Yet all the time, my mind kept drifting back to that Ambassadorwhat a cool friend he would have made; at that time, we would have shared the same height… as well as plenty of outlandish stories and all sorts of other cool stuff; explored distant worlds together; and exchanged candy no doubt!

Brad would have gone where no infant-sci-fi-eater had gone before. But alas…

He would never learn that alien’s name. 

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“Take up a cause, fall in love, write a book!” – John Carter.

Cheers!

Jaws: A Celebration Of The Very First Blockbuster

Steven Spielberg’s classic thriller was released 40 years ago today.

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“Wow, this is like a movie I just made about a truck and a driver. Jaws and Duel both have four letters; they’re both about a leviathan going after man” – Steven Spielberg.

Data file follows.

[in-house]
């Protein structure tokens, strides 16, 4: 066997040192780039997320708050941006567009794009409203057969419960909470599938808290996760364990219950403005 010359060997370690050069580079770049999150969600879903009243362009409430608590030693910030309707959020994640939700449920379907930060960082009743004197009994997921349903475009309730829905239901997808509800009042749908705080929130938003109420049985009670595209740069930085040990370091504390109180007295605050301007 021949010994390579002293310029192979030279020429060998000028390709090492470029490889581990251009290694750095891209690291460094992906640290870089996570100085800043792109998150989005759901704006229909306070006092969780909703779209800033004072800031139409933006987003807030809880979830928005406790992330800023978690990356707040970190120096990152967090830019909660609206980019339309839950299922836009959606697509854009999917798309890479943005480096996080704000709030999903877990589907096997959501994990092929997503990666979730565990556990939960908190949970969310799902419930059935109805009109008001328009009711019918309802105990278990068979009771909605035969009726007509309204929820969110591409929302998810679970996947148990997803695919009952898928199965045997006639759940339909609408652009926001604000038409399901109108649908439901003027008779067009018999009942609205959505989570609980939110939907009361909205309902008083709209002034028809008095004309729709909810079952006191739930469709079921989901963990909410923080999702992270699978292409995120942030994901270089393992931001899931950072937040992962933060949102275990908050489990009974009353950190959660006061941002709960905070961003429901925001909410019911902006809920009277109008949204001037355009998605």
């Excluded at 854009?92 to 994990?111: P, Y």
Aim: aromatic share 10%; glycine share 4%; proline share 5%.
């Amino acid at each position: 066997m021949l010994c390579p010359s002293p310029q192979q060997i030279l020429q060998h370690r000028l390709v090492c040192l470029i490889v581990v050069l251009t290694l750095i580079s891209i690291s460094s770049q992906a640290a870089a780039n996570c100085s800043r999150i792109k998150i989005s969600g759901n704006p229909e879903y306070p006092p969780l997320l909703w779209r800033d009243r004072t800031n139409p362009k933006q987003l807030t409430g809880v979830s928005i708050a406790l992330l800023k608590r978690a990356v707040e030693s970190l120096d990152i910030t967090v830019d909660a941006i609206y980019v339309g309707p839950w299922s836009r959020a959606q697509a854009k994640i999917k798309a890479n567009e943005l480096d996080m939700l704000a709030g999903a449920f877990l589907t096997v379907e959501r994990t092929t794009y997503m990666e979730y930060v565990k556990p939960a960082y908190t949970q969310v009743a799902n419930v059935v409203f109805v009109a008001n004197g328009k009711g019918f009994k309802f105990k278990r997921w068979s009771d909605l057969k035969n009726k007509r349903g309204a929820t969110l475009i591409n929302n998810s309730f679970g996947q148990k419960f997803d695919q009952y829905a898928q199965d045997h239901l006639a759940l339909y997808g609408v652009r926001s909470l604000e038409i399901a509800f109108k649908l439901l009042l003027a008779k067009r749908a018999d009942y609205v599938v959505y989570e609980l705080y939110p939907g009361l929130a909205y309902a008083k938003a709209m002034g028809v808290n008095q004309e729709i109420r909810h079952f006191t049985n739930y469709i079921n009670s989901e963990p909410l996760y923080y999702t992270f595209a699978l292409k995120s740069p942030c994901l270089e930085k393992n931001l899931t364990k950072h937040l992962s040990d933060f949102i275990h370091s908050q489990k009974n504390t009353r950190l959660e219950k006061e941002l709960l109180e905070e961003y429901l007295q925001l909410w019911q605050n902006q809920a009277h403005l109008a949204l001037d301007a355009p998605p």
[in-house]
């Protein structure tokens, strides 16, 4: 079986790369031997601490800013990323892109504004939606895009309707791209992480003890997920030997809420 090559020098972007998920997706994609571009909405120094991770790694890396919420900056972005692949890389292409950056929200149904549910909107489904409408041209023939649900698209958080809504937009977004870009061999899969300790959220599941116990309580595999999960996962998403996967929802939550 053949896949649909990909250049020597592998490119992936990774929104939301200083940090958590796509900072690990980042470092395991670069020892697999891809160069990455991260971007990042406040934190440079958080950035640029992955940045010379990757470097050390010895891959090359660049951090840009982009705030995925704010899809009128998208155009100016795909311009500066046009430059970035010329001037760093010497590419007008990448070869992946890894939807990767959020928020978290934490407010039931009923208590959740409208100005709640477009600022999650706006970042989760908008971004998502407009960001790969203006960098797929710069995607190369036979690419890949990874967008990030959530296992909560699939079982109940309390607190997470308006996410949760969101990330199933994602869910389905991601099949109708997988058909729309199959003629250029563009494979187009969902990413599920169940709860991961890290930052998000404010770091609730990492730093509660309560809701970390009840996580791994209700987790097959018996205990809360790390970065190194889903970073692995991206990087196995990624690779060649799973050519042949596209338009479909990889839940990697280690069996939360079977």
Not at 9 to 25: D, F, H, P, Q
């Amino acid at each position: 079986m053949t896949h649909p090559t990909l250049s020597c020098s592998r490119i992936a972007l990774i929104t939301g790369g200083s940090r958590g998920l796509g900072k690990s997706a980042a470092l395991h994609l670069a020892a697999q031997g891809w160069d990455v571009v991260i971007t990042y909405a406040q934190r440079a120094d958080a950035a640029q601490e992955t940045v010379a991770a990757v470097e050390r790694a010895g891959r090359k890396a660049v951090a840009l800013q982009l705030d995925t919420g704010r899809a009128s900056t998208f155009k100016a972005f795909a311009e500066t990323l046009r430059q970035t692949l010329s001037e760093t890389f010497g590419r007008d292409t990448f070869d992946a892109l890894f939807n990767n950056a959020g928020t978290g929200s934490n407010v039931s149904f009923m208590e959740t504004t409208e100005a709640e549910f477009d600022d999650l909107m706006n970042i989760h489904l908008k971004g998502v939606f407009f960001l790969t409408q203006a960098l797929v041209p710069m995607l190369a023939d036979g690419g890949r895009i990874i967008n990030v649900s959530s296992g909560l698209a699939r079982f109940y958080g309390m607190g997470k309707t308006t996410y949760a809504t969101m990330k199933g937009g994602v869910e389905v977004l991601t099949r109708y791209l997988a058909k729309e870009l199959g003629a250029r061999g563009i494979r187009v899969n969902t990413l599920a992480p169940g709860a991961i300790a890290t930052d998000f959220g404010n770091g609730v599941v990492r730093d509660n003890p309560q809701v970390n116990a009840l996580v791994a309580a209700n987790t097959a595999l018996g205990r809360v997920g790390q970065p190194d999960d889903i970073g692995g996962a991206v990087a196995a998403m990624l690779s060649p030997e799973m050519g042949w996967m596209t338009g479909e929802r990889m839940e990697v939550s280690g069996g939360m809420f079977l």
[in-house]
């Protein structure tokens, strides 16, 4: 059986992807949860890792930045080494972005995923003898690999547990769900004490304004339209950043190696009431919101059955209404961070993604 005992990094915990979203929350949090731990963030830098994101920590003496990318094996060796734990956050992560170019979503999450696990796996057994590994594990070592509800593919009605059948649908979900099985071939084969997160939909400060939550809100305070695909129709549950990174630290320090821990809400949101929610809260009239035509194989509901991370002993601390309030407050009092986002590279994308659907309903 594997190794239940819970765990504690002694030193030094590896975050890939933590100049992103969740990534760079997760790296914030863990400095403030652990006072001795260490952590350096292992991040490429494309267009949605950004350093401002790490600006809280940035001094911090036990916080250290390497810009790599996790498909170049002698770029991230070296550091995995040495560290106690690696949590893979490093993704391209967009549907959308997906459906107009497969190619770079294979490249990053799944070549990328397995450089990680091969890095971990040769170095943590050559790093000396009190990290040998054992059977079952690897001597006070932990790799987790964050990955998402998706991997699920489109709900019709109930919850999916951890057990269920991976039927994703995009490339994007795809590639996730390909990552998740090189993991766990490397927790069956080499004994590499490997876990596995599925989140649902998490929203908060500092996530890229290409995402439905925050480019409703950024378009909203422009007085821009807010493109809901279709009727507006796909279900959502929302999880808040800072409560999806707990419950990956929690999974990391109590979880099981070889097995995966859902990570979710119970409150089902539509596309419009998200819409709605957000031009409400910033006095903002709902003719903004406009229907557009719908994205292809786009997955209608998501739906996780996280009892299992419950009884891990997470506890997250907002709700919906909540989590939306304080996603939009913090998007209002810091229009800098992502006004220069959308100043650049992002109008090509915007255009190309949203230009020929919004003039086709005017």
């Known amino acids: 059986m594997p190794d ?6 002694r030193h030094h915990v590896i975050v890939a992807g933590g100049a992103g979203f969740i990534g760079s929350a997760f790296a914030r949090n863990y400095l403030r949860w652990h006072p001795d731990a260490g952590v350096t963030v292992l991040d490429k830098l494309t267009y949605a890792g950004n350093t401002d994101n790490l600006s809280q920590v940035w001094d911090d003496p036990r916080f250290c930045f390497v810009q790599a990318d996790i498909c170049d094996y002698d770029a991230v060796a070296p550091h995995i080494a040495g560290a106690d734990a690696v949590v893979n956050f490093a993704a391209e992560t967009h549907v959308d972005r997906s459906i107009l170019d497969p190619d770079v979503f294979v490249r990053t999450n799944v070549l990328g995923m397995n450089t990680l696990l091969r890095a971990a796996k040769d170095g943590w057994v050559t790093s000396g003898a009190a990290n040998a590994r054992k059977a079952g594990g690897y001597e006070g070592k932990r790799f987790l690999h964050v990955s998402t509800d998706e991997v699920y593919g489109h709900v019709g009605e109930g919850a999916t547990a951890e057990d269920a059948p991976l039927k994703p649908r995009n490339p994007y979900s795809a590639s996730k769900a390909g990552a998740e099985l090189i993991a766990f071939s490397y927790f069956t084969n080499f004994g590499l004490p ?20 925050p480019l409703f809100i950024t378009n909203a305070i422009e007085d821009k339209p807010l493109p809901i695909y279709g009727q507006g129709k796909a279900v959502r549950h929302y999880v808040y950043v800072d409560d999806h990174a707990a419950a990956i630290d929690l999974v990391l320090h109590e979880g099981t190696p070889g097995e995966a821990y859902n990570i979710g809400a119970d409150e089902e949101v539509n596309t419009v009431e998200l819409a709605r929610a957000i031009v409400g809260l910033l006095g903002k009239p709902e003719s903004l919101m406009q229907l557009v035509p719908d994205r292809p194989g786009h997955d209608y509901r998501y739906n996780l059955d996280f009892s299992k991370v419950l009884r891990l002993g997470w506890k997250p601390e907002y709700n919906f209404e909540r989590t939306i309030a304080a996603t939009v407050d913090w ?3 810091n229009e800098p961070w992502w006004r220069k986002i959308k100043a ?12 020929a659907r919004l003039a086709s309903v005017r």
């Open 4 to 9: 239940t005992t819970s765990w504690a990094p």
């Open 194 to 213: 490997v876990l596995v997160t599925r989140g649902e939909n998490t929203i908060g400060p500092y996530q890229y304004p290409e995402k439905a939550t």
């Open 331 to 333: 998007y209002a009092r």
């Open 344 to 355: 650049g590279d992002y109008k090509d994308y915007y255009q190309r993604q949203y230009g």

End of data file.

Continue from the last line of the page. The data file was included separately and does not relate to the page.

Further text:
On this day forty years ago, the stupendous box office success of a movie about the terrifying threat of a great white shark in the sea off Amity Island introduced the template for the phenomenon largely accepted now for granted: the Summer Blockbuster. Director Steven Spielberg – previously responsible only for Sugarland Express and Duel – would hit the big time after this movie.  

The casting was relatively easy: Roy Scheider was chosen by to play Police Chief Martin Brody because Spielberg liked him in The French Connection; Robert Shaw was chosen to play Quint because Spielberg liked him in The Sting; but the role of young oceanographer: Hooper was not so assured. Then-current stars such as Jon Voight, Timothy Bottoms and Jeff Bridges were considered, but none were available. In the end, Spielberg’s pal George Lucas suggested Richard Dreyfuss, because he had starred in American Graffiti.